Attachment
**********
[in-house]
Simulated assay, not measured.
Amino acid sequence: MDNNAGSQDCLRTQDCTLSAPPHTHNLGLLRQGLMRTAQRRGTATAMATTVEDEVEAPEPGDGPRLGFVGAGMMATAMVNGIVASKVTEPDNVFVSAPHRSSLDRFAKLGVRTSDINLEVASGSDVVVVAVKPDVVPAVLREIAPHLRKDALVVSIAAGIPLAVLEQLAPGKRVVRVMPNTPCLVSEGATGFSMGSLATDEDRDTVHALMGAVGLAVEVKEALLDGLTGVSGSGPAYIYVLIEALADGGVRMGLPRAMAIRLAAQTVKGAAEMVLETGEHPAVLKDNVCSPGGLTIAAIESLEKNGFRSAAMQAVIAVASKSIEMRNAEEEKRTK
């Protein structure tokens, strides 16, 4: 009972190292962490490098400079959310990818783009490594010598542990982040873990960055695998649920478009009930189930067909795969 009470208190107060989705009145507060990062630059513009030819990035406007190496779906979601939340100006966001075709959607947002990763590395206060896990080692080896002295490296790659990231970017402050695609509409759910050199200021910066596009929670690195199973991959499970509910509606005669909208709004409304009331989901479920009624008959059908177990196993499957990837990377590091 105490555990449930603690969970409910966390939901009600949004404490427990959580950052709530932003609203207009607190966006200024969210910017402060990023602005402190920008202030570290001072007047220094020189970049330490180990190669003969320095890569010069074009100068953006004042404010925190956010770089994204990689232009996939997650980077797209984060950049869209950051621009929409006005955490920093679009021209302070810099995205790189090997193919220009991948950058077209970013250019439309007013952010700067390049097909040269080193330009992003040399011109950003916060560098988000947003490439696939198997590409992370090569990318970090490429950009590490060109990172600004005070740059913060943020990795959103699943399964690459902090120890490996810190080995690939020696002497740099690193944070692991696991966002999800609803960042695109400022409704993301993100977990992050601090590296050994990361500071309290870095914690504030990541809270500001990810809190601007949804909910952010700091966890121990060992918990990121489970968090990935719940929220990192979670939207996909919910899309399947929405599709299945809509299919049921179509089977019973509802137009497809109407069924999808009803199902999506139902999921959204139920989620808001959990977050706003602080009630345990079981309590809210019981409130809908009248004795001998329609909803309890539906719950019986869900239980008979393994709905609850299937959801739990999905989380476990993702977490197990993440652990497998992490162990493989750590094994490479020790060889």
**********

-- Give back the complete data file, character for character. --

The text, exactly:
[in-house]
Simulated assay, not measured.
Amino acid sequence: MDNNAGSQDCLRTQDCTLSAPPHTHNLGLLRQGLMRTAQRRGTATAMATTVEDEVEAPEPGDGPRLGFVGAGMMATAMVNGIVASKVTEPDNVFVSAPHRSSLDRFAKLGVRTSDINLEVASGSDVVVVAVKPDVVPAVLREIAPHLRKDALVVSIAAGIPLAVLEQLAPGKRVVRVMPNTPCLVSEGATGFSMGSLATDEDRDTVHALMGAVGLAVEVKEALLDGLTGVSGSGPAYIYVLIEALADGGVRMGLPRAMAIRLAAQTVKGAAEMVLETGEHPAVLKDNVCSPGGLTIAAIESLEKNGFRSAAMQAVIAVASKSIEMRNAEEEKRTK
């Protein structure tokens, strides 16, 4: 009972190292962490490098400079959310990818783009490594010598542990982040873990960055695998649920478009009930189930067909795969 009470208190107060989705009145507060990062630059513009030819990035406007190496779906979601939340100006966001075709959607947002990763590395206060896990080692080896002295490296790659990231970017402050695609509409759910050199200021910066596009929670690195199973991959499970509910509606005669909208709004409304009331989901479920009624008959059908177990196993499957990837990377590091 105490555990449930603690969970409910966390939901009600949004404490427990959580950052709530932003609203207009607190966006200024969210910017402060990023602005402190920008202030570290001072007047220094020189970049330490180990190669003969320095890569010069074009100068953006004042404010925190956010770089994204990689232009996939997650980077797209984060950049869209950051621009929409006005955490920093679009021209302070810099995205790189090997193919220009991948950058077209970013250019439309007013952010700067390049097909040269080193330009992003040399011109950003916060560098988000947003490439696939198997590409992370090569990318970090490429950009590490060109990172600004005070740059913060943020990795959103699943399964690459902090120890490996810190080995690939020696002497740099690193944070692991696991966002999800609803960042695109400022409704993301993100977990992050601090590296050994990361500071309290870095914690504030990541809270500001990810809190601007949804909910952010700091966890121990060992918990990121489970968090990935719940929220990192979670939207996909919910899309399947929405599709299945809509299919049921179509089977019973509802137009497809109407069924999808009803199902999506139902999921959204139920989620808001959990977050706003602080009630345990079981309590809210019981409130809908009248004795001998329609909803309890539906719950019986869900239980008979393994709905609850299937959801739990999905989380476990993702977490197990993440652990497998992490162990493989750590094994490479020790060889």